More later!–Phyllis Wheeler

Reading…

Just a report–I’m reading George Bryan Polivka’s book The Legend of the Firefish, Book 1 of his trilogy set in Nearing Vast.

I’m having trouble putting it down! That’s all I’ll tell you for now.

Blaggard’s Moon: Review Coming Up

This month’s Christian Science Fiction/Fantasy (CSFF) Blog Tour involves a number of bloggers writing about the novel Blaggard’s Moon by George Bryan Polivka.  Our aim is to let people know that Christian science fiction and fantasy make great reading, and can convey great truths.

Unfortunately, the market for new writers in this genre has been soft, shall we say. But Tolkien and C.S. Lewis continue to get a lot of attention, so we know there’s interest! So let me tell you about the work of a very talented writer.

George Bryan Polivka’s pirate novel Blaggard’s Moon is actually a prequel to the Trophy Chase Trilogy. All these take place in the land (or waters) of Nearing Vast. The first of these three books is The Legend of the Firefish (which our local library has bought at my request).  The third one is The Battle for Vast Dominion, which has garnered a Christy Award nomination.

So this brings us to Blaggard’s Moon. For those who like me haven’t read The Trophy Chase Trilogy yet, this is apparently a great place to start in learning about Nearing Vast.

Tomorrow I’ll give you my review of Blaggard’s Moon.

Today I’ll talk about Polivka’s Web site, www.NearingVast.com.

The home page says,
“Welcome, weary traveler, to the Kingdom of Nearing Vast! ”
I like the design a lot. It’s clearly made by someone who knows what he or
she is doing.

On the home page, one of the trilogy’s characters, Cap Hillis, speaks to the reader as if the reader is a tourist and provides a list of entities to beware of, including pirates and firefish.  This is pretty cool. It gives you a good idea of the general lawlessness of the place, and also the idea that in this world, nightmarish monsters can be real.  In addition, it gives you a taste of the colorful characters that fill Polivka’s books.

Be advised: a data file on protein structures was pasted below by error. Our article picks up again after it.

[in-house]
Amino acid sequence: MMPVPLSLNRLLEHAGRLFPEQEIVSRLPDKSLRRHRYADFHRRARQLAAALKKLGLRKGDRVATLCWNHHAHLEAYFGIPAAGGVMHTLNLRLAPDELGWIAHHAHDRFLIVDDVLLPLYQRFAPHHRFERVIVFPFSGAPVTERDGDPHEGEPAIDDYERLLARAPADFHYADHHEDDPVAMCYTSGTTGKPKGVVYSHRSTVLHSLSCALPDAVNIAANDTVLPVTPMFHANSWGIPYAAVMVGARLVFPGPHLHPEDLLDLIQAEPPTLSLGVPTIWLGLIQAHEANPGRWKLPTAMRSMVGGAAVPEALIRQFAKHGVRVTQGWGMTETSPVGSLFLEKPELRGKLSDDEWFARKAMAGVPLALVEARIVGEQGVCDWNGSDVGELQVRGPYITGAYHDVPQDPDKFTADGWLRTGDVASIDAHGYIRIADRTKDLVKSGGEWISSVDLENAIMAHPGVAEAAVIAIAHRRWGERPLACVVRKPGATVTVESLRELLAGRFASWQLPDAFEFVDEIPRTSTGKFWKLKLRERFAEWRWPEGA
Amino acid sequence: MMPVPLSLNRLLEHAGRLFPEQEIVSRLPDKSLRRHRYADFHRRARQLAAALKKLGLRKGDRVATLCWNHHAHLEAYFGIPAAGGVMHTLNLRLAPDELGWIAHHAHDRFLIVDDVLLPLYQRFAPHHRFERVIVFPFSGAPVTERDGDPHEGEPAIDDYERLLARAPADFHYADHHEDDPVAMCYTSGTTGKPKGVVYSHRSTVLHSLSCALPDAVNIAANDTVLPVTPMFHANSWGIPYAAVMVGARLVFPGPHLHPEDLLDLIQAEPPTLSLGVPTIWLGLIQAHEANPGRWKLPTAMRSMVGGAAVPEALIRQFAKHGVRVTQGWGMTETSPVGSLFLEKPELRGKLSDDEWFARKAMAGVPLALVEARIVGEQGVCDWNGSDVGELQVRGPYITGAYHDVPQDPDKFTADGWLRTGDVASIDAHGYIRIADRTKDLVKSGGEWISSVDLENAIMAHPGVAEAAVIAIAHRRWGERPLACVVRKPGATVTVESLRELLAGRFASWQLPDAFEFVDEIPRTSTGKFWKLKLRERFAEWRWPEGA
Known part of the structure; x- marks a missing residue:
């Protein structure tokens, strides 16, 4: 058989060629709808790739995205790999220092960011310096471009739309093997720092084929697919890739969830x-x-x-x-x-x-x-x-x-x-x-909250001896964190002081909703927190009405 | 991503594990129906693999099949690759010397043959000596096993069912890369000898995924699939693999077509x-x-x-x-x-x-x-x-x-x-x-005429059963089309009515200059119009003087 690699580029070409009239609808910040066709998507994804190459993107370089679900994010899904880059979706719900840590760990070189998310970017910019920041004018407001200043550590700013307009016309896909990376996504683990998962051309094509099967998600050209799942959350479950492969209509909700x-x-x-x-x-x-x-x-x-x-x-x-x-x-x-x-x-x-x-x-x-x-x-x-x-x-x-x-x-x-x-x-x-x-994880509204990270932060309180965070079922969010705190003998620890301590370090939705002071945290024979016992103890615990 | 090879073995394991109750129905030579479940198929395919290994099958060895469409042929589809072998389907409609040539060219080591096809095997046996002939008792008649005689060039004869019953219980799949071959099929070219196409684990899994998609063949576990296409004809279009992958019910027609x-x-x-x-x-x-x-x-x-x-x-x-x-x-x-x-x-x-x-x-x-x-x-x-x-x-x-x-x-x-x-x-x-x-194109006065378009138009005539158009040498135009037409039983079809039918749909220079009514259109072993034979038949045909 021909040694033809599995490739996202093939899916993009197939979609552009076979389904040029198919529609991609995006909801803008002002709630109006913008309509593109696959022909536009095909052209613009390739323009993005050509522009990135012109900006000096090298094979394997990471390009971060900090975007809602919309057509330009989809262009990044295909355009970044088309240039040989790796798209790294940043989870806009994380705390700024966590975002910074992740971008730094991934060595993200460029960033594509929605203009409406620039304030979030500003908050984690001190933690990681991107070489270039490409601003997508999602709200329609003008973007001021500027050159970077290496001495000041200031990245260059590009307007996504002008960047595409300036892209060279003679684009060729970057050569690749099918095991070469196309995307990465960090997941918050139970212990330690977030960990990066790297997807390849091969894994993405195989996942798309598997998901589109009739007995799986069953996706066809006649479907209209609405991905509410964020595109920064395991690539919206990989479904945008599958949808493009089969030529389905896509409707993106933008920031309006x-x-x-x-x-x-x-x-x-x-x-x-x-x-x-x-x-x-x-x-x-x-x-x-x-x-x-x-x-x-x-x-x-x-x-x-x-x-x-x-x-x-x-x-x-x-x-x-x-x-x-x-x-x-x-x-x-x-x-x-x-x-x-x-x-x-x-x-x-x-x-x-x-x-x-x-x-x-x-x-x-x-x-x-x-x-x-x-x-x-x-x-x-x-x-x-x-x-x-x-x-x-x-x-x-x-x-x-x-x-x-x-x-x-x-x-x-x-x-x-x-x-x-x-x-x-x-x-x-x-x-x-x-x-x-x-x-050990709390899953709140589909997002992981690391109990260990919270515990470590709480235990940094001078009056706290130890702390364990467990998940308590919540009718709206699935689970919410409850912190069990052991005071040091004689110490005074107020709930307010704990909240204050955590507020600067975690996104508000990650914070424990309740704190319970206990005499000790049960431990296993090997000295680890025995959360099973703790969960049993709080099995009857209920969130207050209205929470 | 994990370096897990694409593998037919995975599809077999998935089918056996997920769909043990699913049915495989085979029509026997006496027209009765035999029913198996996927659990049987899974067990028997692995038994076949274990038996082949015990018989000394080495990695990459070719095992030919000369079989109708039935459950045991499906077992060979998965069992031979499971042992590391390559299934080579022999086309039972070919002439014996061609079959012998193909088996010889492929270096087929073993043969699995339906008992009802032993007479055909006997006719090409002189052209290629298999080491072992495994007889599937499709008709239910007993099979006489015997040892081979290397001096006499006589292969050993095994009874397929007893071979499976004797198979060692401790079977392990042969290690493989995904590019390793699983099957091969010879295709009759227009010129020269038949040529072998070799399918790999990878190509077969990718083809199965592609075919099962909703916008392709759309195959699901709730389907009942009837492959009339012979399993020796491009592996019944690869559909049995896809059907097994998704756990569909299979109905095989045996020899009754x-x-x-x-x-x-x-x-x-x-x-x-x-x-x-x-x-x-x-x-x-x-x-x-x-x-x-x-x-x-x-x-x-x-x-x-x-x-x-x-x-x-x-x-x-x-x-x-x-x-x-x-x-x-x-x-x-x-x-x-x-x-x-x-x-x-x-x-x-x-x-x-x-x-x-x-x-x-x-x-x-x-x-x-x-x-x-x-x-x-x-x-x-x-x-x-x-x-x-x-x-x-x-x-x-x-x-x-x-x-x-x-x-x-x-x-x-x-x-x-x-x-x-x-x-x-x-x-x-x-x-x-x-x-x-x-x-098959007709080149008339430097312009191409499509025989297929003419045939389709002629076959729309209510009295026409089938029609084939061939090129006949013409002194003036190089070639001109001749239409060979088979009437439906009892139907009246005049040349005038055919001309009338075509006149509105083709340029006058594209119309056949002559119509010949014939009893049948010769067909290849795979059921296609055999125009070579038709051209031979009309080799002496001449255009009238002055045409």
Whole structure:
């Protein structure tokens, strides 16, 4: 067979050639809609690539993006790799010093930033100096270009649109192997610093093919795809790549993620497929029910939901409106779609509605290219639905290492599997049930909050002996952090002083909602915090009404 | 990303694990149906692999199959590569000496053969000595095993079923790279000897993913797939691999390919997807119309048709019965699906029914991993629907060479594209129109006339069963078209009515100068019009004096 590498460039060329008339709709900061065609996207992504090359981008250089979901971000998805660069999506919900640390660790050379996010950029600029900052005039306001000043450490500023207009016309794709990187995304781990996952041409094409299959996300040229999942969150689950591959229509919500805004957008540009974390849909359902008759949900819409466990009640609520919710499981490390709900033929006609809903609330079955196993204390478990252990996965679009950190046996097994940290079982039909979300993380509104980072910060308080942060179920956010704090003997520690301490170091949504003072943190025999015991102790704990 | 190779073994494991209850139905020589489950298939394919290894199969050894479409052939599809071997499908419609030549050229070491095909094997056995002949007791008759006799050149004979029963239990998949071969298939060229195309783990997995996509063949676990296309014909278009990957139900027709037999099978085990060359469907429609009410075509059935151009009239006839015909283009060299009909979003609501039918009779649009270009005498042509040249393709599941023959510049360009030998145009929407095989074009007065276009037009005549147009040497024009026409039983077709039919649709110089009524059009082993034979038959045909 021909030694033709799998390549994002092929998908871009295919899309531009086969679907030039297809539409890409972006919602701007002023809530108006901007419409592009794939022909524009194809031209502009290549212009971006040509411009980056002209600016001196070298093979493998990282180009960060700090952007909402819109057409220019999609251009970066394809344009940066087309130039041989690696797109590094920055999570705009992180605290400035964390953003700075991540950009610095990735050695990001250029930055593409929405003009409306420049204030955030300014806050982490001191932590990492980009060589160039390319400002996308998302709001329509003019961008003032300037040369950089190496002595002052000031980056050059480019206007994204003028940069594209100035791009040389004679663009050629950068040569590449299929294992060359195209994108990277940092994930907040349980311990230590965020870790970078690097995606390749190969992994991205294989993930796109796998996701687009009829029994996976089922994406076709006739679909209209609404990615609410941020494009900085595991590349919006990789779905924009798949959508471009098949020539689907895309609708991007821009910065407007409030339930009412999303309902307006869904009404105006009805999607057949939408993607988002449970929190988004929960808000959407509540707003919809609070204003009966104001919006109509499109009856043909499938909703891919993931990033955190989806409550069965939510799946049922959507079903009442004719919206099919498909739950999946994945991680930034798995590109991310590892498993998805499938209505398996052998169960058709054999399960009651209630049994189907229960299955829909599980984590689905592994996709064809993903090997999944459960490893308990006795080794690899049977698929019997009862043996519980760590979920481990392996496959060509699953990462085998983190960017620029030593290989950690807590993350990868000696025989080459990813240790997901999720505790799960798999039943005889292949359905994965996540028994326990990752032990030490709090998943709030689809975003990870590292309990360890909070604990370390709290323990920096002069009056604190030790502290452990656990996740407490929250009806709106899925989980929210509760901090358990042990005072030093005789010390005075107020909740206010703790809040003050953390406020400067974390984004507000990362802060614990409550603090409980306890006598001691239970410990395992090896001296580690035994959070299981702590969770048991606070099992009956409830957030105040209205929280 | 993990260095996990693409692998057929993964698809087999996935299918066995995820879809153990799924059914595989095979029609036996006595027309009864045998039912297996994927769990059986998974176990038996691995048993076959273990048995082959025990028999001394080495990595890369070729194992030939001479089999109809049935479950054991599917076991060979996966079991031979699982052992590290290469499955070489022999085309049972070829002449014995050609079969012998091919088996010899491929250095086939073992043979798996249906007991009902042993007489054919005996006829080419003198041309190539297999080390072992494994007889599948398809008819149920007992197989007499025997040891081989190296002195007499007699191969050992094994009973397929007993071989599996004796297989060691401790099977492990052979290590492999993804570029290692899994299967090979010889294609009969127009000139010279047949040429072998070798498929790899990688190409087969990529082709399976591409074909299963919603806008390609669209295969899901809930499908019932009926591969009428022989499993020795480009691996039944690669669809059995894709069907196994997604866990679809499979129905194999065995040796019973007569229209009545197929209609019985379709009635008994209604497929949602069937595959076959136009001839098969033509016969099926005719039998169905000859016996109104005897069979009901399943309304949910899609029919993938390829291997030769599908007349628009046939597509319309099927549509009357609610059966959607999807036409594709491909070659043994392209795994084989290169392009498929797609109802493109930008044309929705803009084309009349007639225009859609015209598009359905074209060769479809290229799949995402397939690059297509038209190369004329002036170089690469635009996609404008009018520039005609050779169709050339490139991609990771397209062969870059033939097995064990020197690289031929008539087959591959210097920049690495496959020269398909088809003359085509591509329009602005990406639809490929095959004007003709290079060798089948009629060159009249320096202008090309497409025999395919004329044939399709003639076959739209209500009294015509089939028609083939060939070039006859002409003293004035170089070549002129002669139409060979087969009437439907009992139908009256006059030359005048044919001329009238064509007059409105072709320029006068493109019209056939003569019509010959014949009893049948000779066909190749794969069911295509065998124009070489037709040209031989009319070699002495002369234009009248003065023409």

If we click on “Cap’s Pub,” we come over to a blog where most of the entries are in the voice of Cap, but a few are in the author’s voice. Unfortunately the blog entries ended last September. I guess Polivka got busy with other stuff, like writing and promoting Blaggard’s Moon.

“Rumors” takes us to a set of quotes from happy reviewers of his books.

“Captain’s Log” takes us to a record of book signings, with pictures.

The “Vast Encyclopedia” takes us to a compendium of lore from Nearing Vast, concerning fishing, sailing, pirates, prophecies, and so on.  So, what do YOU think?

Here are the other CSFF blog tour participants this month:
Brandon Barr
Jennifer Bogart
Keanan Brand
Melissa Carswell
Amy Cruson
CSFF Blog Tour
Stacey Dale
D. G. D. Davidson
Jeff Draper
April Erwin
Karina Fabian
Alex Field
Marcus Goodyear
Todd Michael Greene
Ryan Heart
Timothy Hicks
Cris Jesse
Jason Joyner
Kait
Carol Keen
Mike Lynch
Magma
Margaret
Melissa Meeks
Rebecca LuElla Miller
Nissa
John W. Otte
Steve Rice
Crista Richey
Chawna Schroeder
James Somers
Rachel Starr Thomson
Steve Trower
Speculative Faith
Jason Waguespack
Fred Warren
Phyllis Wheeler
Jill Williamson

Pirate Story Coming Up

With the story of heroics in response to piracy in the news, it’s interesting that our next Blog Tour review will be a fantasy book about pirates. This is Blaggard’s Moon by George Bryan Polivka, and I’ll tell you all about it starting Monday.

I’m reading!

You haven’t heard from me because I’m pretty busy, and I do have several books to read. I’m very happy to have these in the hopper. Right now I’m reading Blaggard’s Moon, a fantasy pirate story. Or group of stories actually. Stay tuned!

Interview with Allan Miller: Blog Tour Day 3